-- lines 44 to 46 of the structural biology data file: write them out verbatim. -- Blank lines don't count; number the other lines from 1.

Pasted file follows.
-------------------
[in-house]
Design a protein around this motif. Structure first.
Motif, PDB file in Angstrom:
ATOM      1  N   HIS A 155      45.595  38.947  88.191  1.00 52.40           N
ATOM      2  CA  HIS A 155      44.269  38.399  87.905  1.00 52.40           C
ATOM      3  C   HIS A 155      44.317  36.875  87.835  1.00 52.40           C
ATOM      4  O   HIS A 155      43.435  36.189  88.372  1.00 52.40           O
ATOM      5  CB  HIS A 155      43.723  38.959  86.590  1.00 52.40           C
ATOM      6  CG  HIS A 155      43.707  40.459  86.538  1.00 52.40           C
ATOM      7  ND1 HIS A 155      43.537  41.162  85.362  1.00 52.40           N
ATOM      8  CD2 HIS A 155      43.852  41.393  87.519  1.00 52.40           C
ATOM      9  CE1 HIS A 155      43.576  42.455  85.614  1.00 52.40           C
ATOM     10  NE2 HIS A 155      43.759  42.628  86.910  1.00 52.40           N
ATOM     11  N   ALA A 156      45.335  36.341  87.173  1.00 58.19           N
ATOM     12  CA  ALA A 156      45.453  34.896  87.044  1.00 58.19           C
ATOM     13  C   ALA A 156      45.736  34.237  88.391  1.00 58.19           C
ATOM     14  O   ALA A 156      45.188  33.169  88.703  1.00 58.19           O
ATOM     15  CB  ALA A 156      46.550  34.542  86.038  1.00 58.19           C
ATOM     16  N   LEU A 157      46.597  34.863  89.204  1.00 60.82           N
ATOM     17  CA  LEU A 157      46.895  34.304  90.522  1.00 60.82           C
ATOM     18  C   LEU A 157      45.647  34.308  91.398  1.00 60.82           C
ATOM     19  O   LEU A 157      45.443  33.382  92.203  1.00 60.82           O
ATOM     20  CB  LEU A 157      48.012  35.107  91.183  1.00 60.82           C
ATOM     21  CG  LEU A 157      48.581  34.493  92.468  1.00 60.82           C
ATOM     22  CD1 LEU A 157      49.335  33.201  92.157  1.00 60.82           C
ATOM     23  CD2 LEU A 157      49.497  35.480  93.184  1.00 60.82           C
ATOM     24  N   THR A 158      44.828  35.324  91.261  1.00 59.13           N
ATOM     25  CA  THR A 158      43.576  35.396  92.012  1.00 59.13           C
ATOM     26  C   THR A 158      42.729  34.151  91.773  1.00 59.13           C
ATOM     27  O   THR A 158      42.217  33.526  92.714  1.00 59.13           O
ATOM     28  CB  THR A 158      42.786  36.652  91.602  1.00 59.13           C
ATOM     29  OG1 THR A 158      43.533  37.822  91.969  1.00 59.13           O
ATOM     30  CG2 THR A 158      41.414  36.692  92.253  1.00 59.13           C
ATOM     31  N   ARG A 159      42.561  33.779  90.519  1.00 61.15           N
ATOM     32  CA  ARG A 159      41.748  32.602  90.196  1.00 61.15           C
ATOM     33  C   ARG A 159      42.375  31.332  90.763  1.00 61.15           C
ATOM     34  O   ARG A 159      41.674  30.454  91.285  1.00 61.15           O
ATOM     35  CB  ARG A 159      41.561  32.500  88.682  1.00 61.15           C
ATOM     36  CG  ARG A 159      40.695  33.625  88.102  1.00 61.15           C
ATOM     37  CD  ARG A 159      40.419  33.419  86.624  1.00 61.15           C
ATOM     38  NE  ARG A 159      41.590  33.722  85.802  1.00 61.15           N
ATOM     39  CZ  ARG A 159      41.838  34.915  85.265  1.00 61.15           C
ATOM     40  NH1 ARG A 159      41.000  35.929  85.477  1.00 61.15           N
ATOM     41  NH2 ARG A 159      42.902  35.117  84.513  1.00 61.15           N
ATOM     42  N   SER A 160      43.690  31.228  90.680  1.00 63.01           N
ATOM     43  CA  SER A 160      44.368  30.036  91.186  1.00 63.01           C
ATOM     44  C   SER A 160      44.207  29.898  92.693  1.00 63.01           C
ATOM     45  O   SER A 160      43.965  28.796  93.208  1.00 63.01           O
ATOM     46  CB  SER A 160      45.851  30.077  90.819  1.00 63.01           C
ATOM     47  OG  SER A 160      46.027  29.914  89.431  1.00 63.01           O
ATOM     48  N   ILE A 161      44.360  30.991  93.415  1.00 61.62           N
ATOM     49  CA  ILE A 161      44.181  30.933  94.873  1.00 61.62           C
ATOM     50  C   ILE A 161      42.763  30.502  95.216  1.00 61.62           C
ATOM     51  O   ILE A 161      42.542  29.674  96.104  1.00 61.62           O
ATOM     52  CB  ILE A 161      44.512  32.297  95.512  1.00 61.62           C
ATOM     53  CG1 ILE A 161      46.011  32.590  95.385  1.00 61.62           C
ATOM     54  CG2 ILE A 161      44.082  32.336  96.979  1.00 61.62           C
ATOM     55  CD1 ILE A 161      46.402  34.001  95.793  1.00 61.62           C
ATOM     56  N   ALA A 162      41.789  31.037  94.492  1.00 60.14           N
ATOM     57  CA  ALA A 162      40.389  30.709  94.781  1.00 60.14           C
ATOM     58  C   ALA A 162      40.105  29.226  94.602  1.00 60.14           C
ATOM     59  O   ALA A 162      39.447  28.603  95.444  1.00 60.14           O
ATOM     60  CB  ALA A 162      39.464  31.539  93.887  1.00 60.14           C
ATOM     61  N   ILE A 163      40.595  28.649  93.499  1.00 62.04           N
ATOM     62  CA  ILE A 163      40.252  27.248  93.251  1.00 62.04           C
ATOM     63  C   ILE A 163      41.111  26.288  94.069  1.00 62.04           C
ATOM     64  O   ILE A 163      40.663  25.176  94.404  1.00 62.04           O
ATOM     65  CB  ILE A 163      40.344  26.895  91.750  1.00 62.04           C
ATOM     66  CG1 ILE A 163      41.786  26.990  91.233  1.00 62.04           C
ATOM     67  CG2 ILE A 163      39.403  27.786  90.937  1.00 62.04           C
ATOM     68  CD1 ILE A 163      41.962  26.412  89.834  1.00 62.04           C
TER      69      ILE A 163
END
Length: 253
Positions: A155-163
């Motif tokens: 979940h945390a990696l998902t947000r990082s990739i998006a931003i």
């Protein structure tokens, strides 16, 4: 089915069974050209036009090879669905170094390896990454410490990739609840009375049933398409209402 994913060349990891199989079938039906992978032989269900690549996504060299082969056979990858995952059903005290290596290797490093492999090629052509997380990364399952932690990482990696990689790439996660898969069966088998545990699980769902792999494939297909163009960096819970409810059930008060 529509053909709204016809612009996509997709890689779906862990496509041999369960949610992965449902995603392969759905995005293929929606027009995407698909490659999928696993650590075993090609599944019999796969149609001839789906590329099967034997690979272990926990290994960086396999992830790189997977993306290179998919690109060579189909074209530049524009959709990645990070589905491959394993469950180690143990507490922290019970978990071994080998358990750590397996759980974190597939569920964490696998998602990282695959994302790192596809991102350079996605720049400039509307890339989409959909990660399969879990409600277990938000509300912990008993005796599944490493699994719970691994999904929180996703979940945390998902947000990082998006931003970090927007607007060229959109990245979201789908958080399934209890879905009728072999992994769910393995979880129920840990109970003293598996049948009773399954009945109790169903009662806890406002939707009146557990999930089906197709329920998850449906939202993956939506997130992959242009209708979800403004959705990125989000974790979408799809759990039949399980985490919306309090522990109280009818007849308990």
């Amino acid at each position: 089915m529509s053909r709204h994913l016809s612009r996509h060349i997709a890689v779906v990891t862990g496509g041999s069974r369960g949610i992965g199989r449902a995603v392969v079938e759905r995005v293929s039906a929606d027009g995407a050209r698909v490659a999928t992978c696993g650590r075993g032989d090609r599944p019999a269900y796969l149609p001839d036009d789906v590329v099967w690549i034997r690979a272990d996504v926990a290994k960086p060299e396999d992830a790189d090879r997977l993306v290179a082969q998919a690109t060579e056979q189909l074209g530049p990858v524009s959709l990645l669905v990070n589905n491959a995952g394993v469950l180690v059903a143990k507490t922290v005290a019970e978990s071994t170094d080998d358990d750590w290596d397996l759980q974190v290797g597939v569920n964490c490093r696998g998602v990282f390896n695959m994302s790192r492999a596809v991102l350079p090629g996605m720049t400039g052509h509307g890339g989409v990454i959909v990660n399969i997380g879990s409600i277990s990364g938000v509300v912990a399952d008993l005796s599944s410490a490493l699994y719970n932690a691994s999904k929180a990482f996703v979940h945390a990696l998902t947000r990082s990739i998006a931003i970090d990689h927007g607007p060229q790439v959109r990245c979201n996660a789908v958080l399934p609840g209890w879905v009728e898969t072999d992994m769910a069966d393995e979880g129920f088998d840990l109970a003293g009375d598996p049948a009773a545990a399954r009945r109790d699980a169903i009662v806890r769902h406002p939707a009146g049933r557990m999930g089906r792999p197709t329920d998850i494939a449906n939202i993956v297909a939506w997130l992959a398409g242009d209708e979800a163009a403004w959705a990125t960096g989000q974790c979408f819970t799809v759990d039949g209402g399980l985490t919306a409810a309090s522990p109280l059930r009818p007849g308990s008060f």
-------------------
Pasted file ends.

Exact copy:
ATOM     41  NH2 ARG A 159      42.902  35.117  84.513  1.00 61.15           N
ATOM     42  N   SER A 160      43.690  31.228  90.680  1.00 63.01           N
ATOM     43  CA  SER A 160      44.368  30.036  91.186  1.00 63.01           C